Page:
Same-sex marriage ruling leads to immediate vows in Michigan

Jayne Rowse, left, and her partner April DeBoer celebrate in Ann Arbor, Mich., following a ruling by the U.S. Supreme Court that struck down bans on same sex marriage nationwide Friday, June 26, 2015. A judge who overturned Michigan's ban on gay marriage says he's willing to officiate at the marriage of the two Detroit-area nurses at the center of the groundbreaking case.

Jayne Rowse, left, and her partner April DeBoer celebrate in Ann Arbor, Mich., following a ruling by the U.S. Supreme Court that struck down bans on same sex marriage nationwide Friday, June 26, 2015. A judge who overturned Michigan's ban on gay marriage says he's willing to officiate at the marriage of the two Detroit-area nurses at the center of the groundbreaking case. Paul Sancya, AP

Jayne Rowse, left, and her partner April DeBoer celebrate in Ann Arbor, Mich., following a ruling by the U.S. Supreme Court that struck down bans on same sex marriage nationwide Friday, June 26, 2015. A judge who overturned Michigan's ban on gay marriage says he's willing to officiate at the marriage of the two Detroit-area nurses at the center of the groundbreaking case.Paul Sancya, AP

Jayne Rowse, left, and her partner April DeBoer celebrate in Ann Arbor, Mich., following a ruling by the U.S. Supreme Court that struck down bans on same sex marriage nationwide Friday, June 26, 2015. A judge who overturned Michigan‘s ban on gay marriage says he’s willing to officiate at the marriage of the two Detroit-area nurses at the center of the groundbreaking case.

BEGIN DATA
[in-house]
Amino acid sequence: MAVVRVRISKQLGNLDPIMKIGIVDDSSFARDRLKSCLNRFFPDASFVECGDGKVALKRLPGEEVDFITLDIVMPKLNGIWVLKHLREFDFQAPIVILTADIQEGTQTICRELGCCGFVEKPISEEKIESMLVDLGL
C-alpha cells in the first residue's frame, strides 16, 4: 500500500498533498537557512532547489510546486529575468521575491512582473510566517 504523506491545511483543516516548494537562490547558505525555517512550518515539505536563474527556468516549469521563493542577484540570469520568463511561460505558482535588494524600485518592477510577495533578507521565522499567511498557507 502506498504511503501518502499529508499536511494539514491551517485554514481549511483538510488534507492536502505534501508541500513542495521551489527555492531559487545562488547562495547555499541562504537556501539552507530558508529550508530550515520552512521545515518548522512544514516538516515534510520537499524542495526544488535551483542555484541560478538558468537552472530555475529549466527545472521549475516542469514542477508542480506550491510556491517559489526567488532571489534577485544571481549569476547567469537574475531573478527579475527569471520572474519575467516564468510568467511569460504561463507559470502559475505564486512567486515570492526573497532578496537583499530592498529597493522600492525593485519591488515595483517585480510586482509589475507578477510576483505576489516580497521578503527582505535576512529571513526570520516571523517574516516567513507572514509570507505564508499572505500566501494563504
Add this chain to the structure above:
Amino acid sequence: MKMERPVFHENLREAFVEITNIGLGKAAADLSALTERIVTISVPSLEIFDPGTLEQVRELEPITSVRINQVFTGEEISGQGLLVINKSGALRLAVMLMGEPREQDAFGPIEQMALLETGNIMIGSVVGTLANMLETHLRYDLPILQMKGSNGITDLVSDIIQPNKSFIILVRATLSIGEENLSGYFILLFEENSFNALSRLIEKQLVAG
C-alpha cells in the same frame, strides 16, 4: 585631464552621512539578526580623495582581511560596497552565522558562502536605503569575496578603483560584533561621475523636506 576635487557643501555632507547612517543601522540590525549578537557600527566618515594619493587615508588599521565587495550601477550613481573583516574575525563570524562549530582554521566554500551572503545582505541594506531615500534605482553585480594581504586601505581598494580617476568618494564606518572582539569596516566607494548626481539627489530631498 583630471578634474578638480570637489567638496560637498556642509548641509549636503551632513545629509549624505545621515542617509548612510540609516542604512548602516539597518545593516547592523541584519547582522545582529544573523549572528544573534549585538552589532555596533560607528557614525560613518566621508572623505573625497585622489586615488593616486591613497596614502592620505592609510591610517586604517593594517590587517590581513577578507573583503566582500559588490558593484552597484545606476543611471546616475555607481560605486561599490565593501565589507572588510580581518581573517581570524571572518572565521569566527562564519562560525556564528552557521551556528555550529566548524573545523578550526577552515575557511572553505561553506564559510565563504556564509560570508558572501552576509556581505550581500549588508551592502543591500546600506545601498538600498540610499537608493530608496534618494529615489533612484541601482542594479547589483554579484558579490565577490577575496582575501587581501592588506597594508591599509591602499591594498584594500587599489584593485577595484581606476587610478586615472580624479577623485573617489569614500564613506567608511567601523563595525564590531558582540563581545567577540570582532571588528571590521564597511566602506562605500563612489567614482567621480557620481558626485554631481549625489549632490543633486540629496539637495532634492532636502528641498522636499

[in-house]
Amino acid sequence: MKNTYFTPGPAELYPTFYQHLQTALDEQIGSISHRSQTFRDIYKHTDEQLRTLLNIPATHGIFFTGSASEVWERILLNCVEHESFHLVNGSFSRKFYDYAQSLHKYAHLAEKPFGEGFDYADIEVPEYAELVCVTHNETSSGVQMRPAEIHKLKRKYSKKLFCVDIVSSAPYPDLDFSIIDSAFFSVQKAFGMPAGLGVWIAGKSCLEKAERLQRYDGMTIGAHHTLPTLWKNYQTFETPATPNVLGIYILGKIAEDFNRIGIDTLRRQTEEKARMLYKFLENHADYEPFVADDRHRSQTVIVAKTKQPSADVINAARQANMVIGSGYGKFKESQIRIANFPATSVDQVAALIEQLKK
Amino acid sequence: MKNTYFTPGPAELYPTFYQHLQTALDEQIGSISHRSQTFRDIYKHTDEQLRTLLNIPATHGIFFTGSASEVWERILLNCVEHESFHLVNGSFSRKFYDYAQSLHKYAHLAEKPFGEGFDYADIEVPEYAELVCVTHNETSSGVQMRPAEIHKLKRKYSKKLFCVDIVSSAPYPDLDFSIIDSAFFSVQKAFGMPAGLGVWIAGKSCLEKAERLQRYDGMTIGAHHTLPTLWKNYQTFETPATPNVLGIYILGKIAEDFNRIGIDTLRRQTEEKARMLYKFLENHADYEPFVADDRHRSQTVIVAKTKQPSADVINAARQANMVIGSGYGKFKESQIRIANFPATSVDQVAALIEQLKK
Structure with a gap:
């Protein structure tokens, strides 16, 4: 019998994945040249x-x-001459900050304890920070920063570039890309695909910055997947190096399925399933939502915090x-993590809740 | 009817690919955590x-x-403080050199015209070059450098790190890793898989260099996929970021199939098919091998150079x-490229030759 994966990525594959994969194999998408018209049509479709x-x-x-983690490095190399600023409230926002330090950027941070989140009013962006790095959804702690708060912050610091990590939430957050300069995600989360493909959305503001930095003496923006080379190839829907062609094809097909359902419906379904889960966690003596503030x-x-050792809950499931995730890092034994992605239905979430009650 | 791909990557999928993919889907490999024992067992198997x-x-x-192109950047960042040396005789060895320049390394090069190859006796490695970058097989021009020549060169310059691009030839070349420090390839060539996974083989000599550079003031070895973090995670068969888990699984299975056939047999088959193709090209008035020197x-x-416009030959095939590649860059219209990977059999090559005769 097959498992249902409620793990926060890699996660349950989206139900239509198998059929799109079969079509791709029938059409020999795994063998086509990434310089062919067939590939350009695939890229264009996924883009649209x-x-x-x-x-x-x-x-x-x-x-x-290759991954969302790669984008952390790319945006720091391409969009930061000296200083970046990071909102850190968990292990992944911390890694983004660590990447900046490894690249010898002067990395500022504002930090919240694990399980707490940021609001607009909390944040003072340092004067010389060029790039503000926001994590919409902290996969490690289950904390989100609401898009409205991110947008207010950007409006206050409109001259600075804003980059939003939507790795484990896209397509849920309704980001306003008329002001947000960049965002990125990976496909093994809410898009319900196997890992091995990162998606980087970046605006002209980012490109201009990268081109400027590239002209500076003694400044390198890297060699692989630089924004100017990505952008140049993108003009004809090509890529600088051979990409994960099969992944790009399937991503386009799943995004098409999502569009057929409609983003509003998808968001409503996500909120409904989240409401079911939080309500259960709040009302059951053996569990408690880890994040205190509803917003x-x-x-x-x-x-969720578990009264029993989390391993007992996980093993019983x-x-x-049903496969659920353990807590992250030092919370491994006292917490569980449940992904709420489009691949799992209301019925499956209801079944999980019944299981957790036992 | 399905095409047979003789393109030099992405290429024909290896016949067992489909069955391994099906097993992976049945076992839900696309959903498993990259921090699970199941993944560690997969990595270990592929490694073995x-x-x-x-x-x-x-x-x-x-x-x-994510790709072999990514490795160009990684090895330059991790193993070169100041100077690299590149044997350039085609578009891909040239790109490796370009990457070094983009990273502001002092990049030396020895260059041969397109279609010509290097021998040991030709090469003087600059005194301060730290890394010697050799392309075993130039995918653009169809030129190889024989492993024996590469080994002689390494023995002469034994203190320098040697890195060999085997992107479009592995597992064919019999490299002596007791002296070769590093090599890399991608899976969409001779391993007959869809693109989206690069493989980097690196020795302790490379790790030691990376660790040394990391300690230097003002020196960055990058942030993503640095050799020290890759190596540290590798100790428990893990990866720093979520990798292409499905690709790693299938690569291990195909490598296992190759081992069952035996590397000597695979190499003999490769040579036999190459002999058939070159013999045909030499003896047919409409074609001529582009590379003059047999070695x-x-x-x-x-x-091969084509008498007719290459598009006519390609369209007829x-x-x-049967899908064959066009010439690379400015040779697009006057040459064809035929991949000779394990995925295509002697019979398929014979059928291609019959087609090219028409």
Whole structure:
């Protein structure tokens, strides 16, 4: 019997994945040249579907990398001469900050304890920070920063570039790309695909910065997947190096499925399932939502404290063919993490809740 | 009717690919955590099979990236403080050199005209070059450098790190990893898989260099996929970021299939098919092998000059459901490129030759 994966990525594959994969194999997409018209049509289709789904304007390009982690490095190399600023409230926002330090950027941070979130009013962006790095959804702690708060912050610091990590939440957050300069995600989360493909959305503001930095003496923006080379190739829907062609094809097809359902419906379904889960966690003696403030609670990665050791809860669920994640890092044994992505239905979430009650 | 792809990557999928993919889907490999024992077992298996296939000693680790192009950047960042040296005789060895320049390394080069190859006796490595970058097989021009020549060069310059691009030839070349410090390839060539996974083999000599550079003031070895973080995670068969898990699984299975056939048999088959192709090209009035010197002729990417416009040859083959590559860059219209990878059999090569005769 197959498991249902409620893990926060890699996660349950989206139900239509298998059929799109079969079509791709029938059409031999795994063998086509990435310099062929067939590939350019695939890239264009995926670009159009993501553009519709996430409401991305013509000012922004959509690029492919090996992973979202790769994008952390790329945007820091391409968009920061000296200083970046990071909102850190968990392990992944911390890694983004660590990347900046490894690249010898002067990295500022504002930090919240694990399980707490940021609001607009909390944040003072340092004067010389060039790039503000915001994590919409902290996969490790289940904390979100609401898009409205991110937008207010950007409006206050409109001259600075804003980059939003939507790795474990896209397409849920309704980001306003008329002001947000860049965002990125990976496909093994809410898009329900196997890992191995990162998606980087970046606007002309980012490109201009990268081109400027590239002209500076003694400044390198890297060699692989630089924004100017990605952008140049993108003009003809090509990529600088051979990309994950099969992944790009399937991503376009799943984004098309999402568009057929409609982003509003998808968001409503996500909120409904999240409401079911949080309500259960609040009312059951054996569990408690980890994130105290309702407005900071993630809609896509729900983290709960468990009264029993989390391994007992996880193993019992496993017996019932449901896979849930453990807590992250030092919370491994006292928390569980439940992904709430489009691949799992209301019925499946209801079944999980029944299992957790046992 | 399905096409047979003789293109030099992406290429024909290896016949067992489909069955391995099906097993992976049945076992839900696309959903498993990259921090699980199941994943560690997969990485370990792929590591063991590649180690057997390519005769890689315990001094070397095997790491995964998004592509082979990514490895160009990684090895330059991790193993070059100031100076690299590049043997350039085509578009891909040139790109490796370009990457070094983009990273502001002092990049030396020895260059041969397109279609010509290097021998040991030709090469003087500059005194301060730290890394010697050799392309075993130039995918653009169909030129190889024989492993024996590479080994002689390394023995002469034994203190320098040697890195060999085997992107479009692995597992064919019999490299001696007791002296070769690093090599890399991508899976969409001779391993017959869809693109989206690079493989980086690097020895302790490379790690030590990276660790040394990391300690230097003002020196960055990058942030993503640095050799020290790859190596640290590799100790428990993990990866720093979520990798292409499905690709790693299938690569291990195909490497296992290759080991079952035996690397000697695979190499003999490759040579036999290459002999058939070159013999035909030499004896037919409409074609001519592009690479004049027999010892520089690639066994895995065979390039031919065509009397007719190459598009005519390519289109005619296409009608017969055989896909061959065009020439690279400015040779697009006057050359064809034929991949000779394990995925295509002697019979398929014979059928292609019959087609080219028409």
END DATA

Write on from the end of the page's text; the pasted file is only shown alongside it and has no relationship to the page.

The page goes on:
Updated: 6:00 p.m. EDT

DETROIT — Many Michigan gay couples quickly married Friday after the U.S. Supreme Court legalized gay marriage in a case involving two Detroit-area nurses who said they were elated “that this day has finally come.”

A judge last year said Michigan’s 2004 ban on gay marriage was unconstitutional, and the nation’s highest court agreed. Gov. Rick Snyder pledged to comply with the ruling and urged Michigan residents to embrace the state’s diversity by treating everyone with respect.

Flanked by their attorneys, Jayne Rowse and April DeBoer of Hazel Park said they were “overwhelmed” by the “surreal” moment.

“We’ve done everything we could to protect our children, and to make sure families like ours have the same safety and security as all other families, and we couldn’t be more thrilled that this day has finally come,” DeBoer said in Ann Arbor, where they gathered with their lawyers and supporters.

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They have each adopted two children but hadn’t been able to jointly adopt them because it was tied in Michigan to heterosexual marriage. That will change with the Supreme Court decision.

“Our state government will follow the law and our state agencies will make the necessary changes to ensure that we will fully comply. … With this matter now settled, as Michiganders we should move forward positively, embracing our state’s diversity and striving to treat everyone with the respect and dignity they deserve,” said Snyder, a Republican.

DeBoer, 44, and Rowse, 50, plan to have U.S. District Judge Bernard Friedman marry them in late summer or early fall. He’s the judge who overturned the state’s gay marriage ban in 2014, a decision that eventually landed at the Supreme Court.

“It seems very right to have him be the one to perform the ceremony,” DeBoer told The Associated Press.

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